Component-oriented technologies (such as Java 2 Enterprise Edition and .Net Framework) and the hierarchical XML data format have natural synergies with databases that allow developers to store complex objects in their original formats.
These synergies are boosting the fortunes of databases that have engine-level support for nonrelational data types.
InterSystems hybrid object-relational database, Caché 5, slated to start shipping this week, is working to expand its place in the market. This major update adds high-performance bit-map indices, a new query API based on Simple Object Access Protocol, XML data import and export capabilities, and support for Enterprise JavaBean bean-managed persistence.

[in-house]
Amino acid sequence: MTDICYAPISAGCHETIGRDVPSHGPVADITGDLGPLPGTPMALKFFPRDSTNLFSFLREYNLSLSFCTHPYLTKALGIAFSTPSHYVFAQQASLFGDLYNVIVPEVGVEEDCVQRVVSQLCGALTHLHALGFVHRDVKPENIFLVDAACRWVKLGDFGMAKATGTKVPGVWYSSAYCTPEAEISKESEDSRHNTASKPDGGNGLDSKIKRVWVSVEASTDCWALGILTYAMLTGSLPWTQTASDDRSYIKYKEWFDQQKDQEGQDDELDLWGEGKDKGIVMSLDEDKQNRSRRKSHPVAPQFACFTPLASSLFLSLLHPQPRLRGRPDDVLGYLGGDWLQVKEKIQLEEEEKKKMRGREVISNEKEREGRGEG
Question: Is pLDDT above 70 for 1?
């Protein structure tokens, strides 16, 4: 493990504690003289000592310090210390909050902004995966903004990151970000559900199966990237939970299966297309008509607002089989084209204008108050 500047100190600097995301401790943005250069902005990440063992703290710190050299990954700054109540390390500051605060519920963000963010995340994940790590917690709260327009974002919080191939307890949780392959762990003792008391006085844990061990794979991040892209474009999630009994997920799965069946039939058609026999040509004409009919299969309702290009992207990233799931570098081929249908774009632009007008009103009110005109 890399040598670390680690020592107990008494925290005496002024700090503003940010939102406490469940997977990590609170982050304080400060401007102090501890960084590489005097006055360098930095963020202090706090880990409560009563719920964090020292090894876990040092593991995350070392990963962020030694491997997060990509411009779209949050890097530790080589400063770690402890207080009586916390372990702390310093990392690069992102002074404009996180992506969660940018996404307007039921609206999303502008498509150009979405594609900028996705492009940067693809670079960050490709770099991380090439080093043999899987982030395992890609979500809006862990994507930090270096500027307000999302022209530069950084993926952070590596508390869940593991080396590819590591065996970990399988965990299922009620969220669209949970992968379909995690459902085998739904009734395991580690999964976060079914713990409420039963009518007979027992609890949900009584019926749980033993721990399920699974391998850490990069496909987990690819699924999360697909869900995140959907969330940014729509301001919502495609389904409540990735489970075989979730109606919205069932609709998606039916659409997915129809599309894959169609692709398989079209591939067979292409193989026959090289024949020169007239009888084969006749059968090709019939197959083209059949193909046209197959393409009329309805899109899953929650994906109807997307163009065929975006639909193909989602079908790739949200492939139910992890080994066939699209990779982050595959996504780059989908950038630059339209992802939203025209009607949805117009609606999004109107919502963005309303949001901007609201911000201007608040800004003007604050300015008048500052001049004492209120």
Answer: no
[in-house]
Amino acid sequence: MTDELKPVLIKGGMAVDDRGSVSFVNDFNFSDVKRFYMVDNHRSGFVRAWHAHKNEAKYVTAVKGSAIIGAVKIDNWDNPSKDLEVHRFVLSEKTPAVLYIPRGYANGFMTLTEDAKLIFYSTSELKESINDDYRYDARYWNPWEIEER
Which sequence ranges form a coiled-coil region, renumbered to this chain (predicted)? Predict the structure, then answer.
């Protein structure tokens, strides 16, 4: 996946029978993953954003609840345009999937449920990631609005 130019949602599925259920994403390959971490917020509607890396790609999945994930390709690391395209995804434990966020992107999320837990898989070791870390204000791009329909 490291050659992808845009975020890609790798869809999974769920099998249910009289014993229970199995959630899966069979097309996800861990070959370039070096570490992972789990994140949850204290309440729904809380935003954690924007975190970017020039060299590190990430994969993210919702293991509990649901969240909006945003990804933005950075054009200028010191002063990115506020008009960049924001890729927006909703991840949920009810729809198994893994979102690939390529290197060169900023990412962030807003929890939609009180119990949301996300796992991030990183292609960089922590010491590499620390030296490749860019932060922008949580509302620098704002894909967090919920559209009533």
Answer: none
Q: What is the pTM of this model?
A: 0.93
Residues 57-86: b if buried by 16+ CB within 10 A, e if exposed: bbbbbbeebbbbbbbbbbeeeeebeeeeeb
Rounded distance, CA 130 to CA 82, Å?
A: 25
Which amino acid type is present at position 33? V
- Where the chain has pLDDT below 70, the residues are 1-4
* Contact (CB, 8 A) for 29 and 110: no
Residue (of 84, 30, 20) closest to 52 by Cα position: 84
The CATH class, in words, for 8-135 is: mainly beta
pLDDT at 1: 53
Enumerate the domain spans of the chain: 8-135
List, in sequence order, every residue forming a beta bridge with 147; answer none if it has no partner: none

The bit-map index system allows a bit-map index block to be updated without locking, which permits faster updates in transactional applications, something that should appeal to the companys financial services customers.
The database is also popular in health care fields because of the complex data types used there.
"Were, in the grand scheme of things, a relatively small company," said Paul Grabscheid, vice president of strategic planning at InterSystems, in Cambridge, Mass. "For us to be successful, we have to be a specialist: high performance, great scalability for transaction processing—the more complex the application, the better."